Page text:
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With Its Tasty Kick, This Root Can Be King In The Kitchen | Amoils.com

Added November 17, 2012, Under: Nutrition

In a recent post where I described how to make the master tonic, one of the healthy ingredients was horseradish. Although my own dad used to grow this crop in his veggie garden and my mother would then make horseradish sauce to serve with the traditional British meal of roast beef and Yorkshire pudding, I realized that I did not know much about the root itself.

I have now found out more…

It originated in south-eastern Europe and western Asia and is very hardy as it is resistant to both low temperatures and to droughts. It loves a soil rich in humus and space to breathe because it can grow up to 5 to 6 feet high with its large edible leaves, branched stem and of course the main reason for its existence – the root.

So what are the benefits of this root with its tasty kick?

  • The thick and pulpy yellow colored roots have antibiotic, anti-inflammatory and even aphrodisiac type properties.
  • The root is strongly anti-cancer because it is a member of the same family of plants as cabbage, radishes, kale, broccoli and cauliflower and we all know how well they fight cancer. Horseradish is rich in compounds called glucosinolates, helping rid the body of everyday pollution toxins and carcinogens in food, by activating enzymes in the liver. In fact, horseradish has ten times the amount that broccoli does. In addition, the glucosinolates in horseradish may also be more bioavailable than those in other cruciferous vegetables. For example, a natural enzyme (that helps break down these cancer fighting chemicals into a form the body can use) is released when horseradish root is processed to make horseradish sauce – an unusual occurrence when cooked triumphs over raw.
  • Horseradish is a potent gastric stimulant, increasing appetite and aiding in digestion.
  • Being very rich in vitamin C means horseradish helps boost the immune system, helping to alleviate viral and other infections and protects from inflammation.
  • The spicy root is also a source of vital minerals like sodium, potassium, manganese, iron, copper, zinc and magnesium. In addition, the horseradish has small amounts of essential vitamins such as folate, vitamin B-6 (pyridoxine), riboflavin, niacin and pantothenic acid.
  • While horseradish is very low in calories, its spicy taste makes food more filling so those worrying about weight are happier to eat less.
  • Horseradish is also great for a stuffy nose or sinus infection, helping to unblock the sinuses in a similar way that hot and spicy foods containing peppers do.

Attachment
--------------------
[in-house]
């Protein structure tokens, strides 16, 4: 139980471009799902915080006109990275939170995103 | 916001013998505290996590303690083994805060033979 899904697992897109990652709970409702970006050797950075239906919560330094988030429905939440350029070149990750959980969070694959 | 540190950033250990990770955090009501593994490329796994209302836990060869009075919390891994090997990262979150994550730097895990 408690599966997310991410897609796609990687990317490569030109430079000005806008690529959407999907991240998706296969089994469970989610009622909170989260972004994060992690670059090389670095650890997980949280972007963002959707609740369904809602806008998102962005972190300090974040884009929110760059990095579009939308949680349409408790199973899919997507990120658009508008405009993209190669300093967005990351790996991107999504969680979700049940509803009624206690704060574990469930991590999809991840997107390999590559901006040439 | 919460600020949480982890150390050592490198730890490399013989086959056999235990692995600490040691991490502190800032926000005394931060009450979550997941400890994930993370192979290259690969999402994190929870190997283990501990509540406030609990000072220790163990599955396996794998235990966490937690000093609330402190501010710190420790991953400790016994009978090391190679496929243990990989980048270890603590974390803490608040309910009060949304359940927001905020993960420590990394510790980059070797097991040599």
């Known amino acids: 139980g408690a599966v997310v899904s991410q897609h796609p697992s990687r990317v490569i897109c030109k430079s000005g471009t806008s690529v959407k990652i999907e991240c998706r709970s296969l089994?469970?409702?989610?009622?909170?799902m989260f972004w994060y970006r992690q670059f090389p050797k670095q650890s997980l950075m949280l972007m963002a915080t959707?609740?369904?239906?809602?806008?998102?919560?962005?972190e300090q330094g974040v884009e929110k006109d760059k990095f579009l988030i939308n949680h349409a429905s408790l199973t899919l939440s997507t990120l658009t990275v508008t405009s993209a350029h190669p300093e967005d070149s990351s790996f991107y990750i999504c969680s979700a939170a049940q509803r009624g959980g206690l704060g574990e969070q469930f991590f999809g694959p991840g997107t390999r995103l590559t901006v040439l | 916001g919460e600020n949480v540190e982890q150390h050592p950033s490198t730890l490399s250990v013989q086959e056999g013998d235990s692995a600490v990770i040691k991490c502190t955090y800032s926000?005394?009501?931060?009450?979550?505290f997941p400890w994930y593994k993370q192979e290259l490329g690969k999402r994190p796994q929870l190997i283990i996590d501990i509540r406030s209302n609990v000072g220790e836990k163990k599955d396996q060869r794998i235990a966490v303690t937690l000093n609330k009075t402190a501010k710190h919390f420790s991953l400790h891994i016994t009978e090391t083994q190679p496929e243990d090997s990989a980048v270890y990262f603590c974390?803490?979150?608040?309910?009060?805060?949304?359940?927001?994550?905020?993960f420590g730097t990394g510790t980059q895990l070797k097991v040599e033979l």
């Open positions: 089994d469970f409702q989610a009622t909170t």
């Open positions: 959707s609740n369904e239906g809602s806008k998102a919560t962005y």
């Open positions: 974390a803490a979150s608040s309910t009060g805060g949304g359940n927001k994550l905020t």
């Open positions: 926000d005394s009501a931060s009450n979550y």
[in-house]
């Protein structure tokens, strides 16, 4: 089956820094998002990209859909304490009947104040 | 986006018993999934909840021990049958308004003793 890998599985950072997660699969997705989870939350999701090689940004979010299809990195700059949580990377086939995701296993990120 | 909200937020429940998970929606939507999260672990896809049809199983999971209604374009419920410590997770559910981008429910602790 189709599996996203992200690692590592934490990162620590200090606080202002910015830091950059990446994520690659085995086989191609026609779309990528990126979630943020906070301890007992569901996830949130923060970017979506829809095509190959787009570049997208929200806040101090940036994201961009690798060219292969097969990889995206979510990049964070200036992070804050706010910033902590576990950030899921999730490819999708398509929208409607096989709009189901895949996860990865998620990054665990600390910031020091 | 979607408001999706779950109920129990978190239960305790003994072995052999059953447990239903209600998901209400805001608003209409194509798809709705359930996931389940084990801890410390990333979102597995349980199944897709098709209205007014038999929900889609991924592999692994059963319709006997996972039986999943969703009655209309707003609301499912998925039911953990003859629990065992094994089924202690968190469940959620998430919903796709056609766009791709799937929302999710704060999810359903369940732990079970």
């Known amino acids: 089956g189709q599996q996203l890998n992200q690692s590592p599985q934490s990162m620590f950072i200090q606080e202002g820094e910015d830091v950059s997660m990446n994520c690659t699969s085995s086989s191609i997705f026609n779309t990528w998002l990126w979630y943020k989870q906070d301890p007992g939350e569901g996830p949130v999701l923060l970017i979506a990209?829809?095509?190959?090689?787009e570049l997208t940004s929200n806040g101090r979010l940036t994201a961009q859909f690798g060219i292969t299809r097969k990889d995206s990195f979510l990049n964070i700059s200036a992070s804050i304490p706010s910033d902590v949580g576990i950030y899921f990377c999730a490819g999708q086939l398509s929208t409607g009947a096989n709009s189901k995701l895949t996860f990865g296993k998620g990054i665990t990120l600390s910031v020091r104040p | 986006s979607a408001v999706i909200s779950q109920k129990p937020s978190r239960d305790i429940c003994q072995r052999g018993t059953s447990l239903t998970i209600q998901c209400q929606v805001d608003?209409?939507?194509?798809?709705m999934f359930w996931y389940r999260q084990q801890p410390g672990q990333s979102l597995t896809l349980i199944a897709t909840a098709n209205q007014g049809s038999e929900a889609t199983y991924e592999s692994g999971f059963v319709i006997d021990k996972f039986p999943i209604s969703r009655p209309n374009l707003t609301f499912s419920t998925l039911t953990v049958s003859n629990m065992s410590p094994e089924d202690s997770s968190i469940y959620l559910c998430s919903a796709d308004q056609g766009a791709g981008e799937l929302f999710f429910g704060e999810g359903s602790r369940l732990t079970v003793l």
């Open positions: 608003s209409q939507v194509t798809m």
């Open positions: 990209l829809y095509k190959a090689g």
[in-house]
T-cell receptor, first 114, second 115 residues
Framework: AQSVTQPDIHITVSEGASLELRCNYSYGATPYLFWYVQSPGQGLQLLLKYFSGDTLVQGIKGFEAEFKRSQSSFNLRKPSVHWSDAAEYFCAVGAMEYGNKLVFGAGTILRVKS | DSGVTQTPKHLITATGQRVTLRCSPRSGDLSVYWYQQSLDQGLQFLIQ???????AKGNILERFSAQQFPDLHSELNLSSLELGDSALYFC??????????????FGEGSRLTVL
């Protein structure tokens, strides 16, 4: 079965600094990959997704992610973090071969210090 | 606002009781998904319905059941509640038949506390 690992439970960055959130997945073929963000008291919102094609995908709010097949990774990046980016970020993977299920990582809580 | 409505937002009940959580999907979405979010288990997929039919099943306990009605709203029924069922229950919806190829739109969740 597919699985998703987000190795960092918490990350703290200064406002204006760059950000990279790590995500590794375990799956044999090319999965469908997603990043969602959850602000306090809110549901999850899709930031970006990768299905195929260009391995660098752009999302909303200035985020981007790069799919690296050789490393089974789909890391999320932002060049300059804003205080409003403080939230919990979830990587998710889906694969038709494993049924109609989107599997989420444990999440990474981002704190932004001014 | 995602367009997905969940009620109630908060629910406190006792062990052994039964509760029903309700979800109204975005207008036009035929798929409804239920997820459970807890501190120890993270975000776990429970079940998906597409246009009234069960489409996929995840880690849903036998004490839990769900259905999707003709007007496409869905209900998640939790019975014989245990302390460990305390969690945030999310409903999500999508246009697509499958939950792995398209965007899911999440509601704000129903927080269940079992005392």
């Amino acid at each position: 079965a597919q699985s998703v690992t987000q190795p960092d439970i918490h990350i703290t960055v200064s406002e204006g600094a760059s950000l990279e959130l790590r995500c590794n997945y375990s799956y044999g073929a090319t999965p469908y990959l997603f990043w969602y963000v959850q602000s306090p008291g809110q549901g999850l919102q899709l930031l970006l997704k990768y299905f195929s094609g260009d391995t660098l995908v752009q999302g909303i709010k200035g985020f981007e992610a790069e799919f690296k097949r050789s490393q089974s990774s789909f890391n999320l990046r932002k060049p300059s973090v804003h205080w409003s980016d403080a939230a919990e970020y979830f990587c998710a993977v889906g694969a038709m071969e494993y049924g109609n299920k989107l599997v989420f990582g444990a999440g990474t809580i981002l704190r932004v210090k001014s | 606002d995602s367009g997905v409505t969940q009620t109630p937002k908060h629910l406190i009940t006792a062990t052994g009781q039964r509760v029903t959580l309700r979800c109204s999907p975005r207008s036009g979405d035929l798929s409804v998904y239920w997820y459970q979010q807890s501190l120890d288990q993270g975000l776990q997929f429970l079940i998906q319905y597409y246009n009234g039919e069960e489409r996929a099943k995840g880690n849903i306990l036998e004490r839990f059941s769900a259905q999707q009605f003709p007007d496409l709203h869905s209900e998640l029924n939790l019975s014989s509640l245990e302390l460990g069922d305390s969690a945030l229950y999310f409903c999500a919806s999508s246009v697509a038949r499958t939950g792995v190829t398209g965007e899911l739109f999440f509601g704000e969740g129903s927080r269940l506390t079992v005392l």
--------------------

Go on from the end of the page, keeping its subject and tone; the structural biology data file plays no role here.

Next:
In the kitchen, you can use horseradish in these ways

  • As a tasty and healthy substitute for mayonnaise.
  • Popped into sandwiches for an extra bite to the filling.
  • Served with roasts and stews – especially in winter to add some extra heat – by cutting off the brown peel and shredding or grating some fresh horseradish.
  • Freshly shredded horseradish also makes a great addition to mashed potatoes.
  • You can make horseradish cream as a topping to thick soups or served in place of traditional creamed horseradish.
  • Horseradish greens are edible too so look out for them at farmers markets. You can steam them in much the same way as other green leafy veggies.

How to select, store and serve horseradish

In cold climates, horseradish root is harvested in late fall when the leaves have been finished off by the first frosts. Select young firm roots with cut ends that look fresh, avoiding wilted or bitter green-tinged roots.  Store loosely in a paper pack, or wrapped in plastic, and place in the refrigerator for weeks if necessary.

Prepare by freshly grating and mixing with some white vinegar for immediate use. For long term storage cut horseradish into one-use pieces and store sealed in plastic in the freezer. Another way to keep horseradish fresh to peel it, cut it into chunks, put the chunks into a sealable jar, and cover the horseradish with vinegar. The flavor will soften as it’s stored, but it will keep some of its kick and you’ll have a wonderfully aromatic horseradish vinegar to use as well.

A word of warning

Horseradish is not suitable for children younger than four years and not recommended for anyone suffering from gastric ulcer, goitrous problems or renal illnesses.

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